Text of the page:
You've seen this Holocaust tale before, only in a different language. Or several of them. Hungary's first big-budget, post–Cold War effort to grapple with the Holocaust is just another addition to that weighty canon—handsome, high in serious purpose, practically leather-bound with gilt-edged pages, something to be admired on the shelf. Based on the more-or-less autobiographical novel by Nobel laureate Imre Kertész, its chief innovations are (a) being in Hungarian, and (b) having subtitles so terribly placed and colored that the young protagonist's voice-over musings are almost entirely illegible. Not that you can't pretty much imagine what he's saying.
Gyuri (Marcell Nagy) is separated from his haute bourgeois Budapest family (his parents are divorced), then rounded up by his country's collaborationist cops. Auschwitz soon follows, then Buchenwald, as the 14-year-old endures the full Nazi tour of horror. In the film's best scene, inmates are made to stand at attention for what seems a full day, swaying like grass with exhaustion. Death can come at random, budding-existentialist Gyuri realizes, independent of virtue or character—although the movie is surprisingly delicate about the showers and bullets to the back of the skull. Any drama as to the outcome of Fateless is moot, since Gyuri (or his older self) is narrating, and this ain't Sunset Boulevard.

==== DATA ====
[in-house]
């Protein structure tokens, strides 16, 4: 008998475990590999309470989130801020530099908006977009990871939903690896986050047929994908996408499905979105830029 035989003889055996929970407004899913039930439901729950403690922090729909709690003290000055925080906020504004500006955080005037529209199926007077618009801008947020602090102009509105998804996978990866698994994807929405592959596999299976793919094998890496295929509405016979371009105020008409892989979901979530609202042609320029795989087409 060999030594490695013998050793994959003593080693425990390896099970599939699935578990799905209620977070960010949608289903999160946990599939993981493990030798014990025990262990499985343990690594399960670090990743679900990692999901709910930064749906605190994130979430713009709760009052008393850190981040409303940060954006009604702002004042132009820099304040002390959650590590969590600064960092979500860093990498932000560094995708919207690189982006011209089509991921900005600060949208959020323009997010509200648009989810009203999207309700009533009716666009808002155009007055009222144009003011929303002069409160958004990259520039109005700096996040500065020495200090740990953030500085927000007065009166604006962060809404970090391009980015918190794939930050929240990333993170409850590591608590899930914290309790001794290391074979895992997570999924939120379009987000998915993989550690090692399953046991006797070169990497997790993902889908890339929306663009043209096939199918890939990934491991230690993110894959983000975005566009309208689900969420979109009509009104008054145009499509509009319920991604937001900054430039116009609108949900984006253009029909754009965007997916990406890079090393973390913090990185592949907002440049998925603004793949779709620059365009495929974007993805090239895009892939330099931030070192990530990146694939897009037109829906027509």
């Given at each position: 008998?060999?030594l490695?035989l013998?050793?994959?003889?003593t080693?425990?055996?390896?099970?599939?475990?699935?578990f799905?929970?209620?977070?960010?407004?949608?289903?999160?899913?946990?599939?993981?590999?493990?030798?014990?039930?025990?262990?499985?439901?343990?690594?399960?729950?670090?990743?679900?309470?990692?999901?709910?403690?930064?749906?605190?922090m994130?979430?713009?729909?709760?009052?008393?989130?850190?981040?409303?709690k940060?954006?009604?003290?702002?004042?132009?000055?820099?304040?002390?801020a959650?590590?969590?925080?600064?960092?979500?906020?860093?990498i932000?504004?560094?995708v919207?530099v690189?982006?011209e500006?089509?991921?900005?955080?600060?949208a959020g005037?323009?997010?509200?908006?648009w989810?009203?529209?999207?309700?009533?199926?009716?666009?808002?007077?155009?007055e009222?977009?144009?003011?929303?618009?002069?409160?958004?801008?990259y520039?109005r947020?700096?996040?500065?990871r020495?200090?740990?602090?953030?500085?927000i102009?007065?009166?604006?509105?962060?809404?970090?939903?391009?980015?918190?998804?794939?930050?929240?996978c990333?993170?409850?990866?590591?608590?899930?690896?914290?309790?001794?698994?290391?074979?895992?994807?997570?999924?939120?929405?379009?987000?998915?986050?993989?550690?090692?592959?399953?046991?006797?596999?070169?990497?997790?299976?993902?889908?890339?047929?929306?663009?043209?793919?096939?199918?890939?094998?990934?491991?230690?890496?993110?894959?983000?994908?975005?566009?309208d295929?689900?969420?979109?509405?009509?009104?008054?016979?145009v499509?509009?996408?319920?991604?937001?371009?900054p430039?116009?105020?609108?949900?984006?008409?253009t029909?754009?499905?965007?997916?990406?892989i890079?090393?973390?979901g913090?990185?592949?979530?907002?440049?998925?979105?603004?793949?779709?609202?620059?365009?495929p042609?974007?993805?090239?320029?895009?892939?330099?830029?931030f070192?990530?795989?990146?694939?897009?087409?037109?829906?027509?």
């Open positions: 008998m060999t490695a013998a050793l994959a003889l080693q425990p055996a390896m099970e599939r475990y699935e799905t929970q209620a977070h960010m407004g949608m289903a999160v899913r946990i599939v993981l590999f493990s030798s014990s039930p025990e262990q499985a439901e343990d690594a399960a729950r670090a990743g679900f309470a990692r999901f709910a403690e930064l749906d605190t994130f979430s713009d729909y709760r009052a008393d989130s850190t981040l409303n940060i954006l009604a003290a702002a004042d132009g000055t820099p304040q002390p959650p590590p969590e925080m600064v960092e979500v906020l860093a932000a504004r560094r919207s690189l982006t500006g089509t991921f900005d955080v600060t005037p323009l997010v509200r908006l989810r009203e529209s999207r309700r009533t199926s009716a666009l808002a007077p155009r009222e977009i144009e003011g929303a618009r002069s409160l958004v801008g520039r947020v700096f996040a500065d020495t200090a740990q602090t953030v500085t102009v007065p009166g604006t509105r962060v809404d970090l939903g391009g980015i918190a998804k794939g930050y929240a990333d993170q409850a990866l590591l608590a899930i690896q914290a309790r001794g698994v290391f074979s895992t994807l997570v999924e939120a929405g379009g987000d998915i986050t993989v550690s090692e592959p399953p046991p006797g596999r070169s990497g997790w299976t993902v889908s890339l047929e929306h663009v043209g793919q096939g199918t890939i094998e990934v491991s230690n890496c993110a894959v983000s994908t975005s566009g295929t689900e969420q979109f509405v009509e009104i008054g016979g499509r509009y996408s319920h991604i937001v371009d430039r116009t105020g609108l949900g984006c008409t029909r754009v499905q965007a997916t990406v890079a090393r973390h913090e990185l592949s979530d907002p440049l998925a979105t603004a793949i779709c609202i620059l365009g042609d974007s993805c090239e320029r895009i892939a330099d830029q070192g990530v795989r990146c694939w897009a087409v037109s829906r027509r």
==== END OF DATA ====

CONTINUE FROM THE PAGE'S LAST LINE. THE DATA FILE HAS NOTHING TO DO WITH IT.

However heartfelt and essentially true Kertész's story may be, we don't need more layers of dull historical paint on a horrific legacy we already know from Schindler's List, The Pianist, or The Gray Zone. Notable among recent Holocaust movies, the Czech Divided We Fall dared to treat its story almost as sex farce. It was still serious at its core, but also lively and occasionally comic. I'd recommend renting that, or Europa, Europa, before adding Fateless to your Netflix queue—by which time the subtitles may've been fixed.